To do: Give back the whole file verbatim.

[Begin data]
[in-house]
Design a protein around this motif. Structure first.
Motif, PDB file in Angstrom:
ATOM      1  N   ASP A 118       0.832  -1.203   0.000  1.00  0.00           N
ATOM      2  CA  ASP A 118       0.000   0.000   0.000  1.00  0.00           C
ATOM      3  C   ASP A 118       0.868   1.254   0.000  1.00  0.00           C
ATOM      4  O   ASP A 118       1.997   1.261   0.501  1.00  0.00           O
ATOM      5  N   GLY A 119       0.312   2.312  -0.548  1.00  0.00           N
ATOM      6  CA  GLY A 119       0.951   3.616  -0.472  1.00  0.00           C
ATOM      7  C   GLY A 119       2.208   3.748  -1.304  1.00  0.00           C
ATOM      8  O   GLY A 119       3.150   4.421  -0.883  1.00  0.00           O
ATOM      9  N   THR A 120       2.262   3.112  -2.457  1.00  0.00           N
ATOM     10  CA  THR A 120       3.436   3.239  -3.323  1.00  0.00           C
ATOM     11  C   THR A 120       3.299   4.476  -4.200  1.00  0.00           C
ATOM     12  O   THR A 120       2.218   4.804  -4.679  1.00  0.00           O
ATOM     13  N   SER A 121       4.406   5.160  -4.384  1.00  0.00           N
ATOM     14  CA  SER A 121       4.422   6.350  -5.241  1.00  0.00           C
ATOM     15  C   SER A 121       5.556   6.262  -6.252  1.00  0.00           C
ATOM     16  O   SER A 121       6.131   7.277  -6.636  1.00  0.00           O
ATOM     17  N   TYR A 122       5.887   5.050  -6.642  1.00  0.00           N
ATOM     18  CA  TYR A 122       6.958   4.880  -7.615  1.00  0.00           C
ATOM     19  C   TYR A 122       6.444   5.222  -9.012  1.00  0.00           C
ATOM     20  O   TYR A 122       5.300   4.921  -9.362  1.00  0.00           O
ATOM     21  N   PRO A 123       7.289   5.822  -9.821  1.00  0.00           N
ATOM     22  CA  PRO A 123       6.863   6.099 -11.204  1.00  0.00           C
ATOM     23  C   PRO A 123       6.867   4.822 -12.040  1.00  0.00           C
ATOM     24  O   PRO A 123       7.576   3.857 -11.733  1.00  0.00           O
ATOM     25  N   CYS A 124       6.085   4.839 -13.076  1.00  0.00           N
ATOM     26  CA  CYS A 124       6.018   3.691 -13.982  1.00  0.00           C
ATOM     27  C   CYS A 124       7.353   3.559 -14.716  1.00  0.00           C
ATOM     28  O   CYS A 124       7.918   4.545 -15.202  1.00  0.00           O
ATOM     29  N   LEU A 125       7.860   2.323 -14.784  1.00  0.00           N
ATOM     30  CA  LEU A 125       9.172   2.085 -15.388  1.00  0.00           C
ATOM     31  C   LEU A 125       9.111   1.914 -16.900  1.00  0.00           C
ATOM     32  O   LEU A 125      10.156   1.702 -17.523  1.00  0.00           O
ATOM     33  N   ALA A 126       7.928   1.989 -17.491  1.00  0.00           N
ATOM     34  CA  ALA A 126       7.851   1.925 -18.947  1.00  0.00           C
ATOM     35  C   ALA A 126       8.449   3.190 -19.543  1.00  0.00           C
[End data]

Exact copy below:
[in-house]
Design a protein around this motif. Structure first.
Motif, PDB file in Angstrom:
ATOM      1  N   ASP A 118       0.832  -1.203   0.000  1.00  0.00           N
ATOM      2  CA  ASP A 118       0.000   0.000   0.000  1.00  0.00           C
ATOM      3  C   ASP A 118       0.868   1.254   0.000  1.00  0.00           C
ATOM      4  O   ASP A 118       1.997   1.261   0.501  1.00  0.00           O
ATOM      5  N   GLY A 119       0.312   2.312  -0.548  1.00  0.00           N
ATOM      6  CA  GLY A 119       0.951   3.616  -0.472  1.00  0.00           C
ATOM      7  C   GLY A 119       2.208   3.748  -1.304  1.00  0.00           C
ATOM      8  O   GLY A 119       3.150   4.421  -0.883  1.00  0.00           O
ATOM      9  N   THR A 120       2.262   3.112  -2.457  1.00  0.00           N
ATOM     10  CA  THR A 120       3.436   3.239  -3.323  1.00  0.00           C
ATOM     11  C   THR A 120       3.299   4.476  -4.200  1.00  0.00           C
ATOM     12  O   THR A 120       2.218   4.804  -4.679  1.00  0.00           O
ATOM     13  N   SER A 121       4.406   5.160  -4.384  1.00  0.00           N
ATOM     14  CA  SER A 121       4.422   6.350  -5.241  1.00  0.00           C
ATOM     15  C   SER A 121       5.556   6.262  -6.252  1.00  0.00           C
ATOM     16  O   SER A 121       6.131   7.277  -6.636  1.00  0.00           O
ATOM     17  N   TYR A 122       5.887   5.050  -6.642  1.00  0.00           N
ATOM     18  CA  TYR A 122       6.958   4.880  -7.615  1.00  0.00           C
ATOM     19  C   TYR A 122       6.444   5.222  -9.012  1.00  0.00           C
ATOM     20  O   TYR A 122       5.300   4.921  -9.362  1.00  0.00           O
ATOM     21  N   PRO A 123       7.289   5.822  -9.821  1.00  0.00           N
ATOM     22  CA  PRO A 123       6.863   6.099 -11.204  1.00  0.00           C
ATOM     23  C   PRO A 123       6.867   4.822 -12.040  1.00  0.00           C
ATOM     24  O   PRO A 123       7.576   3.857 -11.733  1.00  0.00           O
ATOM     25  N   CYS A 124       6.085   4.839 -13.076  1.00  0.00           N
ATOM     26  CA  CYS A 124       6.018   3.691 -13.982  1.00  0.00           C
ATOM     27  C   CYS A 124       7.353   3.559 -14.716  1.00  0.00           C
ATOM     28  O   CYS A 124       7.918   4.545 -15.202  1.00  0.00           O
ATOM     29  N   LEU A 125       7.860   2.323 -14.784  1.00  0.00           N
ATOM     30  CA  LEU A 125       9.172   2.085 -15.388  1.00  0.00           C
ATOM     31  C   LEU A 125       9.111   1.914 -16.900  1.00  0.00           C
ATOM     32  O   LEU A 125      10.156   1.702 -17.523  1.00  0.00           O
ATOM     33  N   ALA A 126       7.928   1.989 -17.491  1.00  0.00           N
ATOM     34  CA  ALA A 126       7.851   1.925 -18.947  1.00  0.00           C
ATOM     35  C   ALA A 126       8.449   3.190 -19.543  1.00  0.00           C